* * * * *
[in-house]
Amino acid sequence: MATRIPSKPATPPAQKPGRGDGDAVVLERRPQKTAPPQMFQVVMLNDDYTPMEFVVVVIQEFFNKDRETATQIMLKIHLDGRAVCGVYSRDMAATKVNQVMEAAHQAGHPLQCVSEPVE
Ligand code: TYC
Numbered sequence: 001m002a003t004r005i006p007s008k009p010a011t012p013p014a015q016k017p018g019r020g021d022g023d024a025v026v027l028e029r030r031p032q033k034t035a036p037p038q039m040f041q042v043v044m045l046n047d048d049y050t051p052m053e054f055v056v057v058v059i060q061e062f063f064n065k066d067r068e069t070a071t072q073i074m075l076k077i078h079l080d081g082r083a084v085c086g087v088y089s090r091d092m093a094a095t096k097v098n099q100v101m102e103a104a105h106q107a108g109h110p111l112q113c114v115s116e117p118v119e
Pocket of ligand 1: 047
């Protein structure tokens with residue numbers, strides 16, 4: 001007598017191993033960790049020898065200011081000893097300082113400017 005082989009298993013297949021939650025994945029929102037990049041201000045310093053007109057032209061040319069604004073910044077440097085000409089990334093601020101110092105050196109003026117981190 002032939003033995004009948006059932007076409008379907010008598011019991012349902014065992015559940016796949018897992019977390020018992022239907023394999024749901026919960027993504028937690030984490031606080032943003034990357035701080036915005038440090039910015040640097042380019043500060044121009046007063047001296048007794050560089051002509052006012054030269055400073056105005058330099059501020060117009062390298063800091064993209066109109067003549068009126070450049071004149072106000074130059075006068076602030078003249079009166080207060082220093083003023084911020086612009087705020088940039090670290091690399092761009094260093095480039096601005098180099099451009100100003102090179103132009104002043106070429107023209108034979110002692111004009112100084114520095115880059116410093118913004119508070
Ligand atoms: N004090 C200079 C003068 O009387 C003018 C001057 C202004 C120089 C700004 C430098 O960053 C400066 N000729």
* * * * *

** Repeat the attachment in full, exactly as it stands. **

[in-house]
Amino acid sequence: MATRIPSKPATPPAQKPGRGDGDAVVLERRPQKTAPPQMFQVVMLNDDYTPMEFVVVVIQEFFNKDRETATQIMLKIHLDGRAVCGVYSRDMAATKVNQVMEAAHQAGHPLQCVSEPVE
Ligand code: TYC
Numbered sequence: 001m002a003t004r005i006p007s008k009p010a011t012p013p014a015q016k017p018g019r020g021d022g023d024a025v026v027l028e029r030r031p032q033k034t035a036p037p038q039m040f041q042v043v044m045l046n047d048d049y050t051p052m053e054f055v056v057v058v059i060q061e062f063f064n065k066d067r068e069t070a071t072q073i074m075l076k077i078h079l080d081g082r083a084v085c086g087v088y089s090r091d092m093a094a095t096k097v098n099q100v101m102e103a104a105h106q107a108g109h110p111l112q113c114v115s116e117p118v119e
Pocket of ligand 1: 047
């Protein structure tokens with residue numbers, strides 16, 4: 001007598017191993033960790049020898065200011081000893097300082113400017 005082989009298993013297949021939650025994945029929102037990049041201000045310093053007109057032209061040319069604004073910044077440097085000409089990334093601020101110092105050196109003026117981190 002032939003033995004009948006059932007076409008379907010008598011019991012349902014065992015559940016796949018897992019977390020018992022239907023394999024749901026919960027993504028937690030984490031606080032943003034990357035701080036915005038440090039910015040640097042380019043500060044121009046007063047001296048007794050560089051002509052006012054030269055400073056105005058330099059501020060117009062390298063800091064993209066109109067003549068009126070450049071004149072106000074130059075006068076602030078003249079009166080207060082220093083003023084911020086612009087705020088940039090670290091690399092761009094260093095480039096601005098180099099451009100100003102090179103132009104002043106070429107023209108034979110002692111004009112100084114520095115880059116410093118913004119508070
Ligand atoms: N004090 C200079 C003068 O009387 C003018 C001057 C202004 C120089 C700004 C430098 O960053 C400066 N000729």